These two paragraphs are telling as answer to Weigel’s query as to the “hermeneutic of rupture” or “hermeneutic of continuity.” They are telling us that the human person is not to be grasped in his deepest reality through sensible perception and the abstract “individual substance of a rational nature.” Rather the human person is to be understood as “a called-upon being” whose way of knowing is not “noetic”[21] in the sense of facultative formation of ideas and propositions of ideas, but rather “dynamic and dialogic.” Man’s being is made to hear and therefore to become the Word heard, and in so becoming, to become conscious of that Word as a constitutive part of experience.

In a word, the human person comes “to know” the Word of God by becoming the Word of God. We have here the most profound ontological foundation of epistemology. To know is to be one being with the known. In Genesis 4.1, “Adam knew his wife and she conceived.” That is, he became one flesh, one being, with her. In Aparecida, Brazil in 2007, Benedict XVI asked the question: “What is real?” He answered: “God.” And continued: “Anyone who excludes God from his horizons falsifies the notion of "reality" and, in consequence, can only end up in blind alleys or with recipes for destruction.” He then asked more deeply: “who knows God?” He answered: “only God knows God, only his Son who is God from God, true God, knows him.” [22]

Such a radical understanding of the situation demands that one must “become God” in order “to know” God. Or, in other words, one would have to become Christ, in order to know the Father.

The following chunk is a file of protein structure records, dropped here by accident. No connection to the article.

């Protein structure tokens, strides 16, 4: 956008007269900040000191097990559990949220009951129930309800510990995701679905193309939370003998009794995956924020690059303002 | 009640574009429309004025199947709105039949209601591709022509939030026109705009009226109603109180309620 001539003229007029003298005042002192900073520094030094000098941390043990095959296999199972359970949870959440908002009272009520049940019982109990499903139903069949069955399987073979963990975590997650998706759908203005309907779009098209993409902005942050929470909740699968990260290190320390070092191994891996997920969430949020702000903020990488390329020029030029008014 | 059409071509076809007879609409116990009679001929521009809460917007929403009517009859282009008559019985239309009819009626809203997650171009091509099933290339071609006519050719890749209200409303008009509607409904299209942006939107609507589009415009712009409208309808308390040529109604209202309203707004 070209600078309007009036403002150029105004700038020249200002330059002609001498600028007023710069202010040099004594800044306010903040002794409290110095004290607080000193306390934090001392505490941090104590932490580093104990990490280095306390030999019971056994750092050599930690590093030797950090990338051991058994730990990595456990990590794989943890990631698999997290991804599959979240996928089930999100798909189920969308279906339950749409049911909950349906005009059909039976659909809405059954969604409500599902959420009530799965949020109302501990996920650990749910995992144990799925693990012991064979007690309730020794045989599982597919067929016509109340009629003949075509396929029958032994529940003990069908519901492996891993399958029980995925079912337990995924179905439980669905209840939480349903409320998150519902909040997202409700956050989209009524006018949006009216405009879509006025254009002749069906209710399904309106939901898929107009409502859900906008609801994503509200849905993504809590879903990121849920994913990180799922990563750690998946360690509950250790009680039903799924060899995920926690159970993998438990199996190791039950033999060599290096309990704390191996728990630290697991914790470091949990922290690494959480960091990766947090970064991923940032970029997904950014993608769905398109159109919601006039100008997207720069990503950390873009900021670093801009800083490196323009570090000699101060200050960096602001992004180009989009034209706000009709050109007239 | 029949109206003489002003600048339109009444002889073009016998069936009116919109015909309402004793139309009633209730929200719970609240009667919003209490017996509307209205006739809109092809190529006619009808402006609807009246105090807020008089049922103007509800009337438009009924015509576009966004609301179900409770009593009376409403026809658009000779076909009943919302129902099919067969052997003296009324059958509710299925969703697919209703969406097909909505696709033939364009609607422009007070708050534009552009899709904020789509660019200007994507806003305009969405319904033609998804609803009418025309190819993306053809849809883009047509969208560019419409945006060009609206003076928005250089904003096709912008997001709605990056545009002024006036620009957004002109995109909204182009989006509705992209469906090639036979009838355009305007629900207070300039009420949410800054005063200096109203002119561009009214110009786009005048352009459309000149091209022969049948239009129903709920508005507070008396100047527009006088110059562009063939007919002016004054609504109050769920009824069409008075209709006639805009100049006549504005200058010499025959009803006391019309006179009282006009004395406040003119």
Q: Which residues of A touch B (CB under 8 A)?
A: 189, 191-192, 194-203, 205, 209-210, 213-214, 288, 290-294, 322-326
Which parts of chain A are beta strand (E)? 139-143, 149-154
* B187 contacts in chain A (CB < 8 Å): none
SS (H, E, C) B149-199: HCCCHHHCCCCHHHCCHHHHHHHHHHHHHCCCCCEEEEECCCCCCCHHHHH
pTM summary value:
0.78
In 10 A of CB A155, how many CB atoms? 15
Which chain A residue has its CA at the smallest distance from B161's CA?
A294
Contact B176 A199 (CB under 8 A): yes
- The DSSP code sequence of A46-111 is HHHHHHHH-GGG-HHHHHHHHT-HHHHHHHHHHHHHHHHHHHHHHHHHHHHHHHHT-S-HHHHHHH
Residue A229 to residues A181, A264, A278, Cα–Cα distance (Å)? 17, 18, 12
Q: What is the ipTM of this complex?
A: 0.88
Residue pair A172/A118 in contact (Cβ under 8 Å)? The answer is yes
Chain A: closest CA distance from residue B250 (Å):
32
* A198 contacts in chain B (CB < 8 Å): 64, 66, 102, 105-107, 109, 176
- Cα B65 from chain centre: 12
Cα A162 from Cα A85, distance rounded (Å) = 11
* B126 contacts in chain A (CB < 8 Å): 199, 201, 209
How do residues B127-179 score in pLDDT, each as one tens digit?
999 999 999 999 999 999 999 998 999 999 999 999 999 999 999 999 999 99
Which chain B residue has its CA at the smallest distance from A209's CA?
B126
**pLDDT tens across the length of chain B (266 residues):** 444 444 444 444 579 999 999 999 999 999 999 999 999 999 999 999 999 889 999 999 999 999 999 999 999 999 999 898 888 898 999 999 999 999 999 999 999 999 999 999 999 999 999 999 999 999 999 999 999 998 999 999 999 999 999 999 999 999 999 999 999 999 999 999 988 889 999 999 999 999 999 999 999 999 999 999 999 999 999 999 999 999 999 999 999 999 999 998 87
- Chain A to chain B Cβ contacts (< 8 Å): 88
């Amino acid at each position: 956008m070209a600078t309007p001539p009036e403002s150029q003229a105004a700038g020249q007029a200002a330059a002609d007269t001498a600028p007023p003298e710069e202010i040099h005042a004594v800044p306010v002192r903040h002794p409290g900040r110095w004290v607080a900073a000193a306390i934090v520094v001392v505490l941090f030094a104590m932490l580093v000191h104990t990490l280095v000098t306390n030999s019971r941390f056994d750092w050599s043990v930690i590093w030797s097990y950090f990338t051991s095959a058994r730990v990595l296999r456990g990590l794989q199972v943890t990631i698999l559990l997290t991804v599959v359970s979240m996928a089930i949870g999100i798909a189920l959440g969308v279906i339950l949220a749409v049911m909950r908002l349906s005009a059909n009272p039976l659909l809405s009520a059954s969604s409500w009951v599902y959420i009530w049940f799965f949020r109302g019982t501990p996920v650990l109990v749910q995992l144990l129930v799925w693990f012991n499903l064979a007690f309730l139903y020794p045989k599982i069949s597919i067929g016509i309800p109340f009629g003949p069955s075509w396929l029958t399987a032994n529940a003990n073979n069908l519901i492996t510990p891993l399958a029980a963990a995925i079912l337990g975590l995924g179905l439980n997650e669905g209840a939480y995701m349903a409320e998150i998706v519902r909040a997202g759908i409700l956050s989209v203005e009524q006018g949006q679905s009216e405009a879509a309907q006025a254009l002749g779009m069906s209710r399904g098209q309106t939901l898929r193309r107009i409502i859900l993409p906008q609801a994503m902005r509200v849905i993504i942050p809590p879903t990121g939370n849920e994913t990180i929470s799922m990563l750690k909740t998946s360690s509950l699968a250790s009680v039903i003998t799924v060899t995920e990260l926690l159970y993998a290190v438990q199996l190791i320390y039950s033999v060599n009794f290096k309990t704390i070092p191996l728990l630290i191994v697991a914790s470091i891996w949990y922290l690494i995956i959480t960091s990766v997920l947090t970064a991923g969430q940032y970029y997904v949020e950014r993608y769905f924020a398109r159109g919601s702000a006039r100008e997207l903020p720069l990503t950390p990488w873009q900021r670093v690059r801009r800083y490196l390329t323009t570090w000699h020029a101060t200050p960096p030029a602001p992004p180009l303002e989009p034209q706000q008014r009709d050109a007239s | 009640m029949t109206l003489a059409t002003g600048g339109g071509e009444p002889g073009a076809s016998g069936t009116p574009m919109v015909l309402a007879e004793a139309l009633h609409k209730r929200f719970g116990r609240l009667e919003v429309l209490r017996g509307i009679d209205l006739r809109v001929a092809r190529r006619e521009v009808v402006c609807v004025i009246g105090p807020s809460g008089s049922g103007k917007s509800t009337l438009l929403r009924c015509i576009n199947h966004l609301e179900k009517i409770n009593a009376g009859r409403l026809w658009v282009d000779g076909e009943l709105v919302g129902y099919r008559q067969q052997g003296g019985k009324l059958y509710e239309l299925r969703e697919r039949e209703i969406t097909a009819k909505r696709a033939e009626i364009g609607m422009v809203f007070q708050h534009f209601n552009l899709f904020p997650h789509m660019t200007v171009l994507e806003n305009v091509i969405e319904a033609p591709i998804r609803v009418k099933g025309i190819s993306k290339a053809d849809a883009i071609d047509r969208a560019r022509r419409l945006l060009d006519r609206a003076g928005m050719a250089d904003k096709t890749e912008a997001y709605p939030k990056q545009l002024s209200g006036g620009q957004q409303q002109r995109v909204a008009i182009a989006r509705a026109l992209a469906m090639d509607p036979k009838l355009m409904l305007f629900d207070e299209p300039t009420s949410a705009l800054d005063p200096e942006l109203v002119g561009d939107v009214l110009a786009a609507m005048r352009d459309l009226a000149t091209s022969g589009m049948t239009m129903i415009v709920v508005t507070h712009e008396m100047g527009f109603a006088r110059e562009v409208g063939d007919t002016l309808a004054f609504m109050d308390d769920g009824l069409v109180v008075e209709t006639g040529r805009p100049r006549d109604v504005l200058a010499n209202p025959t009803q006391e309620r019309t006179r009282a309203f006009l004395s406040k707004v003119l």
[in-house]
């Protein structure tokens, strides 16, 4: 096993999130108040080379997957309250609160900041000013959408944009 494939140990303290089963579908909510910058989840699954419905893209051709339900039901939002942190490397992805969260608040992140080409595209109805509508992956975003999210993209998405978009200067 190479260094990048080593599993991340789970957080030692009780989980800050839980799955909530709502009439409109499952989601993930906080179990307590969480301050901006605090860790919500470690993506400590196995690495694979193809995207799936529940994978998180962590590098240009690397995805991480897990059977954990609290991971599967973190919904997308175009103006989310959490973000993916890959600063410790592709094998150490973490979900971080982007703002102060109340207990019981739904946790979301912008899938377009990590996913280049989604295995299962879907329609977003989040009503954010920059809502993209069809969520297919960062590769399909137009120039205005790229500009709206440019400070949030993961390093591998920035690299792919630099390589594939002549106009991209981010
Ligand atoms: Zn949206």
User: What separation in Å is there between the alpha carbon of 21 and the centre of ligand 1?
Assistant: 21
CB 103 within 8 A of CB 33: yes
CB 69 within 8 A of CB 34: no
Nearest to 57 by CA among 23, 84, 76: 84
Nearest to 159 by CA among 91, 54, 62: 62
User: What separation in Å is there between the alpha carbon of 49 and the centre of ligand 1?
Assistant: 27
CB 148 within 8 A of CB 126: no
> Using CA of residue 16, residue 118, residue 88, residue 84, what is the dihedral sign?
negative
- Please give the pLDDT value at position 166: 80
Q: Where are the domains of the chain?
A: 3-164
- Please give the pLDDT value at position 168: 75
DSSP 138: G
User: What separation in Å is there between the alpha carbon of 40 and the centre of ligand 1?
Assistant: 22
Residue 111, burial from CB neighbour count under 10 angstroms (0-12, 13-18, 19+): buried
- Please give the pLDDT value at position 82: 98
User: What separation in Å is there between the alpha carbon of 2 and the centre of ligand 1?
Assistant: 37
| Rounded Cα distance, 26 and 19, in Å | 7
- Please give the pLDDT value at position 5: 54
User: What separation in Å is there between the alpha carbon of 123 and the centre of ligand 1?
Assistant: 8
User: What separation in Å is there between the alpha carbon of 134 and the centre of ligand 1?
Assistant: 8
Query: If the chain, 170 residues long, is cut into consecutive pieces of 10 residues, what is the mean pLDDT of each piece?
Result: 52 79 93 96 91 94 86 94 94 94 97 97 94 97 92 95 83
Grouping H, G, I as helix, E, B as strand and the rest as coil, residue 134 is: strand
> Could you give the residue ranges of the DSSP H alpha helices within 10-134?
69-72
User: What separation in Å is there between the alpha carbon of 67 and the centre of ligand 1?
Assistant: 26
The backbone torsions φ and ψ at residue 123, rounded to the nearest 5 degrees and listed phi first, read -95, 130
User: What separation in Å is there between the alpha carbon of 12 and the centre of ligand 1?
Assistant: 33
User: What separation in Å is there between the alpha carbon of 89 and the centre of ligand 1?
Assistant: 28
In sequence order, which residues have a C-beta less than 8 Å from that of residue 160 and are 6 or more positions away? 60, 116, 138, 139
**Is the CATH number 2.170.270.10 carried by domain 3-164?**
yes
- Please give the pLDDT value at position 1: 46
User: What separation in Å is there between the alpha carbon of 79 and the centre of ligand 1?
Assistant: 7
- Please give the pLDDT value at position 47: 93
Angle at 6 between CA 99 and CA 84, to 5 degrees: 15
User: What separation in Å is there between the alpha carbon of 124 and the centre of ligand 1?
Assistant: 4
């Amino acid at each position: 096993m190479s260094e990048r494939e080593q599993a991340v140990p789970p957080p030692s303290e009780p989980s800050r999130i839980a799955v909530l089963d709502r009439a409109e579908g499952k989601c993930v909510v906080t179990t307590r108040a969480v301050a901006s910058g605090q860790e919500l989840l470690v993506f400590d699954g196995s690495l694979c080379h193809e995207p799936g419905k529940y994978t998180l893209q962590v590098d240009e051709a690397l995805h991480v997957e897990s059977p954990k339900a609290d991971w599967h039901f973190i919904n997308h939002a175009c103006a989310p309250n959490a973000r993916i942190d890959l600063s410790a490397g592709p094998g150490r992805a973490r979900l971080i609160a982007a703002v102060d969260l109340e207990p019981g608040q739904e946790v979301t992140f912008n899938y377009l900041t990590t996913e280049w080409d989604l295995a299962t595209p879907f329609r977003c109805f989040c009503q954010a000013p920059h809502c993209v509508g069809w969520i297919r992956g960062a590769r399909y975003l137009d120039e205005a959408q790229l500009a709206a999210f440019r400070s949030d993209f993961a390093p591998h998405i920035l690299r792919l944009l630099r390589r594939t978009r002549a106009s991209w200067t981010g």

Theological Epistemology

Benedict has given us two texts of supreme importance concerning his habilitation thesis of 1955 the first part of which was rejected by Michael Schmaus, and has just been published in German. In the texts which Benedict intimates had impact in the crafting of Dei Verbum, he makes equally breathtaking disclosures concerning the nature of Revelation and Faith. On the one hand, Revelation is not a word that is written down as Scripture. He is emphatic that Scripture is not revelation, but contains it as its residue and consequence. He is even more emphatic that Revelation takes place only when there is someone who hears it and becomes it. He will say that “the receiving subject is always also a part of the concept of ‘revelation.’ Where there is no one to perceive ‘revelation,’ no re-vel-ation has occurred, because no veil has been removed. By definition, revelation requires a someone who apprehends it.”

Benedict calls this “theological epistemology.”[23] I would offer that this is epistemological topsy-turvydom for those of us in the twenty first century. We have been completely indoctrinated over the last five centuries into a culture where reduction to the physical-empirical by concepts and judgments proven by empirical evidence is the yellow-brick road to realism, and everything else is subjective whim and relativism. The point that is being developed here is that the turn to the subject- the “I” - is not a turn to thought and relativist subjectivism but to being and supereminent realism..